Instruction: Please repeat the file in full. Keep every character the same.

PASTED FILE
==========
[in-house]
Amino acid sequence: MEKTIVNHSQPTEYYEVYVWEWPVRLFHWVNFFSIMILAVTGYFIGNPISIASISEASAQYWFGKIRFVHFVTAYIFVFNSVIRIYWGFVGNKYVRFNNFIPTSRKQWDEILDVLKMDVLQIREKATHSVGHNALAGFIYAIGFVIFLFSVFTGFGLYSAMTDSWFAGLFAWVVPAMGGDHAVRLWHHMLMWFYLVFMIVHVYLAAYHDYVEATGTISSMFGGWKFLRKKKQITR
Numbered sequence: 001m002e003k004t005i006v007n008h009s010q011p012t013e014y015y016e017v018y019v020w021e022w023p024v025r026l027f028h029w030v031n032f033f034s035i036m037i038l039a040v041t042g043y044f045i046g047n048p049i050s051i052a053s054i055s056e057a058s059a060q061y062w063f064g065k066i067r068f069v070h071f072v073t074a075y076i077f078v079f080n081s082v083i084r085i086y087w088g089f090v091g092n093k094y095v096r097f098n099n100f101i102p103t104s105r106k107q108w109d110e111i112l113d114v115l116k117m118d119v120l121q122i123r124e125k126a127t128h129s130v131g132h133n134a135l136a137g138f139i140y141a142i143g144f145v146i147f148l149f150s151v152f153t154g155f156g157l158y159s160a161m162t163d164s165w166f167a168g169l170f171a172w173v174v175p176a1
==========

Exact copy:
[in-house]
Amino acid sequence: MEKTIVNHSQPTEYYEVYVWEWPVRLFHWVNFFSIMILAVTGYFIGNPISIASISEASAQYWFGKIRFVHFVTAYIFVFNSVIRIYWGFVGNKYVRFNNFIPTSRKQWDEILDVLKMDVLQIREKATHSVGHNALAGFIYAIGFVIFLFSVFTGFGLYSAMTDSWFAGLFAWVVPAMGGDHAVRLWHHMLMWFYLVFMIVHVYLAAYHDYVEATGTISSMFGGWKFLRKKKQITR
Numbered sequence: 001m002e003k004t005i006v007n008h009s010q011p012t013e014y015y016e017v018y019v020w021e022w023p024v025r026l027f028h029w030v031n032f033f034s035i036m037i038l039a040v041t042g043y044f045i046g047n048p049i050s051i052a053s054i055s056e057a058s059a060q061y062w063f064g065k066i067r068f069v070h071f072v073t074a075y076i077f078v079f080n081s082v083i084r085i086y087w088g089f090v091g092n093k094y095v096r097f098n099n100f101i102p103t104s105r106k107q108w109d110e111i112l113d114v115l116k117m118d119v120l121q122i123r124e125k126a127t128h129s130v131g132h133n134a135l136a137g138f139i140y141a142i143g144f145v146i147f148l149f150s151v152f153t154g155f156g157l158y159s160a161m162t163d164s165w166f167a168g169l170f171a172w173v174v175p176a1